Thursday, October 07, 2004

Polar Bears v Reef Sharks

I find myself in Bundaberg, home of the world famous Bundaburger.

Complacently squatting among the fields of sugar-cane that produce Bundaberg Rum - the rum preferred by jaunty polar bears, or so the label seems to suggest - this town is my home for the next 5 hours as I wait for the Spirit of the Outback to roll into the station and spirit me away to the lights and exctement of the state capital, Brisbane. Estimated arrival time: 7:10 am. From there I will be spirited farther away to the Gold Coast town of Logan, where I will assuage the thirst for poetry of a small but desperate crowd that has assembled at the local library. Then I will be spirited back to Fortitude Valley in the city, where I will be spirited and otherwise nourished during a breathless crescendo of anticipation before the official opening of the Queensland Poetry Festival 2004.

I have been looking through the programme ( and the bios of the participants, and I think it's going to be a very worthwhile weekend. In the meantime, though, I bide my time in Bundaberg, puzzled by my failure to spot any polar bears whatsoever. What brings me to this land of cane and imaginary arctic animals?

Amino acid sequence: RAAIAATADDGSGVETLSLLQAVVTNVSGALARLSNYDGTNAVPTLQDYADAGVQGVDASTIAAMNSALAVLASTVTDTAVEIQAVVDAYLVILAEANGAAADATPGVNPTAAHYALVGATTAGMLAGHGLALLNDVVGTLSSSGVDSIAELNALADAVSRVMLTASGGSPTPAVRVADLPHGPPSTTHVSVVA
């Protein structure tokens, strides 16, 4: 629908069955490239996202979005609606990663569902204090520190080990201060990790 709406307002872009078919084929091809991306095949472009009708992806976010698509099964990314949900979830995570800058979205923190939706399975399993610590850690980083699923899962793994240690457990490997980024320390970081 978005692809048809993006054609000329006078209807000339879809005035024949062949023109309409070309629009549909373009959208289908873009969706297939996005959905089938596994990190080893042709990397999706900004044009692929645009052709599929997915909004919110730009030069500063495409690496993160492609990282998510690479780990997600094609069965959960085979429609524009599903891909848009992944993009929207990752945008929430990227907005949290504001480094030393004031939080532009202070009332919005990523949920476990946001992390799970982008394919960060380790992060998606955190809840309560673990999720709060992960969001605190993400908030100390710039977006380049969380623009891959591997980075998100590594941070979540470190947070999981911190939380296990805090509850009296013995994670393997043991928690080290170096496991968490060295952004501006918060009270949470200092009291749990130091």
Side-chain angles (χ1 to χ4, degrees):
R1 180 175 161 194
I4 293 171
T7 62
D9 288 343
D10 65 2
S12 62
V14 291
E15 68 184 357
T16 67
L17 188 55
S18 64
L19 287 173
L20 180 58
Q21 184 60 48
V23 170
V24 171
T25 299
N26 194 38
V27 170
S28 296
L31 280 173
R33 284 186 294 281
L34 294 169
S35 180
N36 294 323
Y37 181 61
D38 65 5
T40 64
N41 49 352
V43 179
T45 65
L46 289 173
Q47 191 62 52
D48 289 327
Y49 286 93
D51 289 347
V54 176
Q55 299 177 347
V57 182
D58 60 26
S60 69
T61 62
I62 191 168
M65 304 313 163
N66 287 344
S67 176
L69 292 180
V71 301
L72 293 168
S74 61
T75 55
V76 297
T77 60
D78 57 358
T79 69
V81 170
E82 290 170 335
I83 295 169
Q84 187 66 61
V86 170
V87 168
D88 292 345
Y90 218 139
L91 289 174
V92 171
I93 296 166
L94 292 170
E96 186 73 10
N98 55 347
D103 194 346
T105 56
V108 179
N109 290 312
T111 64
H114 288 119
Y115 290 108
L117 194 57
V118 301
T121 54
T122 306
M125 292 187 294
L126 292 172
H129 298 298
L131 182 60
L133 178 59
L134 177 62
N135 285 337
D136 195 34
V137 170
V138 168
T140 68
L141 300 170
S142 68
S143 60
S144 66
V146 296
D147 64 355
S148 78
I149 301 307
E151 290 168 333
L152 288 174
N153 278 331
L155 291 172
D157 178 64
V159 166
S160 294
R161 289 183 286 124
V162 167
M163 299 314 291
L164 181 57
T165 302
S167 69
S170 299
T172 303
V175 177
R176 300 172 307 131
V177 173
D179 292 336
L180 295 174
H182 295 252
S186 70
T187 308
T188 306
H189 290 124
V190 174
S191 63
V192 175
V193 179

It's my last week in Australia, and I didn't want to leave without giving the tropical part of it a fair go, after weeks of shivery southern mornings and cold desert nights. So the obvious thing, it seemed, the vast, unmissable, visible-from-space thing that I should spend my last week getting to know, was the Great Barrier Reef. I had already had a fairly successful visit with the Great Ocean Road, and earlier Great Britain had been pretty fun too, so it occurred to me that if something has the word "great" as a part of its name, then maybe it's worth checking out. Even if a detour is involved.

The detour in this case seemed much longer than it needed to be: on the map, the Town of 1770 doesn't seem that far away from Brisbane, but as any Queenslander will tell you, Queensland is deceptively big. I spent eleven hours on two buses getting to Agnes Water, sister town to 1770. It's called 1770, by the way, because that's the year that Captain James Cook landed there in his big wooden ship The Endeavour and claimed the place for England. The two little towns are basically resort communities, with lots of houses on the beach and a marina and a few stores. Up until a couple of years ago, before the roads were finished, the only way to get there was in a 4X4 or a boat.